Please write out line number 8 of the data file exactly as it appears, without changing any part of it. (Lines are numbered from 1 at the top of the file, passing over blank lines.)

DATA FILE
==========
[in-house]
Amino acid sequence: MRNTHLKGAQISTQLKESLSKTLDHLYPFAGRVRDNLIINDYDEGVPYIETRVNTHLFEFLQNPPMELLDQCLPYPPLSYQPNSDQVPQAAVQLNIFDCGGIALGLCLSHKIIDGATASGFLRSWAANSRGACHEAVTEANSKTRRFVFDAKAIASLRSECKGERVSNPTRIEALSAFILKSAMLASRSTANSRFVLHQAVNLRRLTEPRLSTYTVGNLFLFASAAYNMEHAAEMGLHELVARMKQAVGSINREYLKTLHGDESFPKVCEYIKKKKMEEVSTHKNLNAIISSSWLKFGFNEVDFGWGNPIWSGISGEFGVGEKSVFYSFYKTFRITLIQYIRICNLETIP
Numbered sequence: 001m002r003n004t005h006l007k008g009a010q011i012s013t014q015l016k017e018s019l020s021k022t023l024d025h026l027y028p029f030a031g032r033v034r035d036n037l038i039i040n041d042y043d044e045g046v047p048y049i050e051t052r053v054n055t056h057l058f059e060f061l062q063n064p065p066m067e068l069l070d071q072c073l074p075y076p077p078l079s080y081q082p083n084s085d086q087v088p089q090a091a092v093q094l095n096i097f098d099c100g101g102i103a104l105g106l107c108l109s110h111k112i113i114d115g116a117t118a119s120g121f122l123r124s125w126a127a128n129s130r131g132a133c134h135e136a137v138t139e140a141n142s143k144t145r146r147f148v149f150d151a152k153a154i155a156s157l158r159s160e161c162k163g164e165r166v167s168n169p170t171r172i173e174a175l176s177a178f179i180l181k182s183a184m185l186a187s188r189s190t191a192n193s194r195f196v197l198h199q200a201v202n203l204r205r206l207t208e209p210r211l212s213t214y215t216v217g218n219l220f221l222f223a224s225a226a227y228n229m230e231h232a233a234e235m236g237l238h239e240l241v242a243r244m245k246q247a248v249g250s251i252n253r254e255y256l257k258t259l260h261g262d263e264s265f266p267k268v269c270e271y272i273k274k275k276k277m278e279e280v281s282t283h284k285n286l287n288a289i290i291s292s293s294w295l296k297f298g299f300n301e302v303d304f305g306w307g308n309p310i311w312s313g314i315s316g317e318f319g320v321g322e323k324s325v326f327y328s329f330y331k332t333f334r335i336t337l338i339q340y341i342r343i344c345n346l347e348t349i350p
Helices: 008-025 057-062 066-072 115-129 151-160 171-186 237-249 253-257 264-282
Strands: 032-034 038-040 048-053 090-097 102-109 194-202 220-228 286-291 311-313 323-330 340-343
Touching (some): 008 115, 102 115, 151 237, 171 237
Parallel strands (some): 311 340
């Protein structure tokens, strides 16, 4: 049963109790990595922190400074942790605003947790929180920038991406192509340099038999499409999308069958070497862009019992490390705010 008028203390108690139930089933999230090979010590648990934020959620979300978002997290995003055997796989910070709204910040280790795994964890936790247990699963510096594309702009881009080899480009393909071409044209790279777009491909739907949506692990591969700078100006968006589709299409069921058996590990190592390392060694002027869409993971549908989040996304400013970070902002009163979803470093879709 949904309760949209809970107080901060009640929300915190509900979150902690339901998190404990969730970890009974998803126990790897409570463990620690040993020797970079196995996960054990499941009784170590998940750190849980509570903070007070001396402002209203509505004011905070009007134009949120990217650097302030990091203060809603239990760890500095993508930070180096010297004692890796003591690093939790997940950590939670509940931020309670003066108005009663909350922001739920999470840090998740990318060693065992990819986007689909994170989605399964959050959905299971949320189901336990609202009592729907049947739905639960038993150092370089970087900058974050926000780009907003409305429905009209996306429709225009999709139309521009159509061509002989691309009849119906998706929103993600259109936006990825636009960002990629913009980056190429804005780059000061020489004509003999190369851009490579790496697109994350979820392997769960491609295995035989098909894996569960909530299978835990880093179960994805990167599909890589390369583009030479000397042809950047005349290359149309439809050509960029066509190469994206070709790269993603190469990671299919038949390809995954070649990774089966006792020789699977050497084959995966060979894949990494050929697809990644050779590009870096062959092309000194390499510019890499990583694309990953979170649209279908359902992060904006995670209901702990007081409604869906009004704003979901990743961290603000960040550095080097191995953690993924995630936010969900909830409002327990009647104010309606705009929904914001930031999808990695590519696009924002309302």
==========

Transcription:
């Protein structure tokens, strides 16, 4: 049963109790990595922190400074942790605003947790929180920038991406192509340099038999499409999308069958070497862009019992490390705010 008028203390108690139930089933999230090979010590648990934020959620979300978002997290995003055997796989910070709204910040280790795994964890936790247990699963510096594309702009881009080899480009393909071409044209790279777009491909739907949506692990591969700078100006968006589709299409069921058996590990190592390392060694002027869409993971549908989040996304400013970070902002009163979803470093879709 949904309760949209809970107080901060009640929300915190509900979150902690339901998190404990969730970890009974998803126990790897409570463990620690040993020797970079196995996960054990499941009784170590998940750190849980509570903070007070001396402002209203509505004011905070009007134009949120990217650097302030990091203060809603239990760890500095993508930070180096010297004692890796003591690093939790997940950590939670509940931020309670003066108005009663909350922001739920999470840090998740990318060693065992990819986007689909994170989605399964959050959905299971949320189901336990609202009592729907049947739905639960038993150092370089970087900058974050926000780009907003409305429905009209996306429709225009999709139309521009159509061509002989691309009849119906998706929103993600259109936006990825636009960002990629913009980056190429804005780059000061020489004509003999190369851009490579790496697109994350979820392997769960491609295995035989098909894996569960909530299978835990880093179960994805990167599909890589390369583009030479000397042809950047005349290359149309439809050509960029066509190469994206070709790269993603190469990671299919038949390809995954070649990774089966006792020789699977050497084959995966060979894949990494050929697809990644050779590009870096062959092309000194390499510019890499990583694309990953979170649209279908359902992060904006995670209901702990007081409604869906009004704003979901990743961290603000960040550095080097191995953690993924995630936010969900909830409002327990009647104010309606705009929904914001930031999808990695590519696009924002309302």